From an early age I knew that I wanted to be like my mother. She was nurturing and loving, strong, independent and most importantly committed to making sure that I grew up to be the best woman I could be. I was blessed to have my mother, grandmothers, and aunts surrounding me as I blossomed into a young woman. They each embodied a characteristic that I admired. I am of bi-racial descent, African-American and Puerto Rican, and being from two different cultures I was given the opportunity to observe and appreciate the differences and richness of the cultures and their implications on womanhood. I recently became a mother, and even though I thought I was prepared for motherhood, I couldn’t believe the shift in life that had occurred. I love motherhood and did so from the very beginning, but quickly realized that without the support of my husband and my family the road would truly be tumultuous. The support I have received has made the transition enjoyable and the experience fascinating…
Desiree Lalbeharie-Josias, Ed.D, MEd,
Director of Early Childhood Department, Collaborative for Education Services.
|MotherWoman is important to me because we are actively engaged in supporting and empowering mothers, women, nurses, therapists, doctors, legislators - people - and thereby families and communities to be catalysts for positive change regarding PPD. The support groups, facilitator training, coalition building and legislative activities of MotherWoman provide a holistic approach that connects the dots to nurture meaningful intentional progress in how we address PPD.
Dr. Desiree Lalbeharie-Josias is a mother of three, lives in Amherst, MA and is from South Africa. Dr. Lalbeharie-Josias has always been dedicated to the field of early childhood development and education in the context of family, social-justice and public health issues. She earned her Bachelors degree in Early Childhood Education and her Masters degree in Education of the Deaf from Smith College. She completed her doctoral studies at University of Massachusetts-Amherst in Special Education with a focus on Early Intervention. Her 20 years of experience in Early Intervention (EI) is a fusion of understanding and experiencing EI from academic, research, clinical (as a developmental specialist), program development and leadership perspectives. Dr. Desiree Lalbeharie-Josias is the Program Director of Massachusetts Society for the Prevention of Cruelty to Children-Springfield Early Intervention Program.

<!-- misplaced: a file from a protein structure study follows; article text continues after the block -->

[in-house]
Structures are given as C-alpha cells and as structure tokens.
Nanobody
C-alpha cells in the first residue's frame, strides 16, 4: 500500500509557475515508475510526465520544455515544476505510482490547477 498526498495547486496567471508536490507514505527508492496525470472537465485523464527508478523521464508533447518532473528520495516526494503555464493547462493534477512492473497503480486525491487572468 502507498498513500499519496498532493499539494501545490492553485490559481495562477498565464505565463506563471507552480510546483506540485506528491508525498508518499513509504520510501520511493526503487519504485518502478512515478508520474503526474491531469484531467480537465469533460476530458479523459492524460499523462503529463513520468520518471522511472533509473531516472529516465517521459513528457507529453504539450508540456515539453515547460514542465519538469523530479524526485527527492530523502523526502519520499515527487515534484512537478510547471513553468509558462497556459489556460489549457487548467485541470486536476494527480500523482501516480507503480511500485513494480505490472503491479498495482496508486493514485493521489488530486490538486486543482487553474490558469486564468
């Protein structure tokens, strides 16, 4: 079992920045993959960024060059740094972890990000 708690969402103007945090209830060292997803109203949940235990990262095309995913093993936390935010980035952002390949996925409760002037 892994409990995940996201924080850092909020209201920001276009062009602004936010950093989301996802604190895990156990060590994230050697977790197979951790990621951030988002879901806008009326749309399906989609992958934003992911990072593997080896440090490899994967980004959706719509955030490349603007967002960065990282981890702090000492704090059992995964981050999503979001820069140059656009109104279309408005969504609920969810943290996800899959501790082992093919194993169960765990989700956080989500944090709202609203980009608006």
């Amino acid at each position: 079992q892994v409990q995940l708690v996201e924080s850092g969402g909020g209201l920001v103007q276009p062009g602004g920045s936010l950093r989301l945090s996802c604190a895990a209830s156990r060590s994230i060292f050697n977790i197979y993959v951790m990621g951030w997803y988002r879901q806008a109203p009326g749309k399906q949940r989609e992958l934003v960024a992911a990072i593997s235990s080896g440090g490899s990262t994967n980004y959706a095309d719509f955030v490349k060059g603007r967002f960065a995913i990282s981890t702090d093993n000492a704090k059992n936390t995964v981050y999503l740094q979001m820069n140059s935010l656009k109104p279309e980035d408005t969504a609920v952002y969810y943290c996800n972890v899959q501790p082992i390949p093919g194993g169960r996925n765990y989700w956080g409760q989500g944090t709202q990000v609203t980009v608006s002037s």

Caitlyn Rock, Esq,
Executive Member at-large
Assistant District Attorney for Northwestern Massachusetts
District Attorney's Office.
I am a practicing attorney, a wife, and a mother of twin toddlers. At the end of a physically and emotionally difficult pregnancy in 2011, I was diagnosed with Post-Partum Depression. This was a devastating time, however, with the support of my family, friends and medical / psychological intervention, and I did recover, beginning slowly at about 6 months after delivery. The balancing of family, career and the co-raising of twin girls is some of the hardest work I have done in my life. I know that I could not have navigated through this amazing, and continuing, transition without the help and guidance of people who have gone through it before me. Through my own experience as well as observing other mothers in my community, I learned that the multidimensional experience of being a mother needs to be supported and understood by families and the community at large. MotherWoman's goals of empowerment and social change are key to bringing about a better understanding of the difficulties faced by mothers every day as well as policy changes that are needed to support them and their families.